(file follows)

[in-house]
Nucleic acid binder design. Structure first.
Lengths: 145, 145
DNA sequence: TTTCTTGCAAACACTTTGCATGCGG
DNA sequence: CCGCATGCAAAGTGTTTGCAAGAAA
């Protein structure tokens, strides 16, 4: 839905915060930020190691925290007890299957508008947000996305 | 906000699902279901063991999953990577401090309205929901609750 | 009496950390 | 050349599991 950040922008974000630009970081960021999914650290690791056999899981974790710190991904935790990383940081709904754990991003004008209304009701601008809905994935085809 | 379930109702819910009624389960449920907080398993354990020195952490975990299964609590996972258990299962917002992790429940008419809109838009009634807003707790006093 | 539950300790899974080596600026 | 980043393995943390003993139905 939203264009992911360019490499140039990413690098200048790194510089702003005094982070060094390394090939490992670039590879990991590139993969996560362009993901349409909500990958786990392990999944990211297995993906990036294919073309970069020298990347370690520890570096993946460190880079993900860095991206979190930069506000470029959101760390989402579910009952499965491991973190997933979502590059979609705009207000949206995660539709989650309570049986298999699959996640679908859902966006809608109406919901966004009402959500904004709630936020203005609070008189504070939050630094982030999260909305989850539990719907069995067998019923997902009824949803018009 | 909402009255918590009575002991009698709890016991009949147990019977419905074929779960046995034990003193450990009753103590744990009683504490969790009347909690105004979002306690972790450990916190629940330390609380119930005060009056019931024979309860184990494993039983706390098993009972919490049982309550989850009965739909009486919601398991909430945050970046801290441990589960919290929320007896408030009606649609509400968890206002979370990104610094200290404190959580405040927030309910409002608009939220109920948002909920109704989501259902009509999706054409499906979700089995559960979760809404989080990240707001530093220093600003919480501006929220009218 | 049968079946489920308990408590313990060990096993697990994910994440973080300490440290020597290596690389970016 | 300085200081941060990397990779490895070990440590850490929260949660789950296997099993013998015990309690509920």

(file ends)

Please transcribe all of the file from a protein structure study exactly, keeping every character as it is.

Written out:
[in-house]
Nucleic acid binder design. Structure first.
Lengths: 145, 145
DNA sequence: TTTCTTGCAAACACTTTGCATGCGG
DNA sequence: CCGCATGCAAAGTGTTTGCAAGAAA
């Protein structure tokens, strides 16, 4: 839905915060930020190691925290007890299957508008947000996305 | 906000699902279901063991999953990577401090309205929901609750 | 009496950390 | 050349599991 950040922008974000630009970081960021999914650290690791056999899981974790710190991904935790990383940081709904754990991003004008209304009701601008809905994935085809 | 379930109702819910009624389960449920907080398993354990020195952490975990299964609590996972258990299962917002992790429940008419809109838009009634807003707790006093 | 539950300790899974080596600026 | 980043393995943390003993139905 939203264009992911360019490499140039990413690098200048790194510089702003005094982070060094390394090939490992670039590879990991590139993969996560362009993901349409909500990958786990392990999944990211297995993906990036294919073309970069020298990347370690520890570096993946460190880079993900860095991206979190930069506000470029959101760390989402579910009952499965491991973190997933979502590059979609705009207000949206995660539709989650309570049986298999699959996640679908859902966006809608109406919901966004009402959500904004709630936020203005609070008189504070939050630094982030999260909305989850539990719907069995067998019923997902009824949803018009 | 909402009255918590009575002991009698709890016991009949147990019977419905074929779960046995034990003193450990009753103590744990009683504490969790009347909690105004979002306690972790450990916190629940330390609380119930005060009056019931024979309860184990494993039983706390098993009972919490049982309550989850009965739909009486919601398991909430945050970046801290441990589960919290929320007896408030009606649609509400968890206002979370990104610094200290404190959580405040927030309910409002608009939220109920948002909920109704989501259902009509999706054409499906979700089995559960979760809404989080990240707001530093220093600003919480501006929220009218 | 049968079946489920308990408590313990060990096993697990994910994440973080300490440290020597290596690389970016 | 300085200081941060990397990779490895070990440590850490929260949660789950296997099993013998015990309690509920």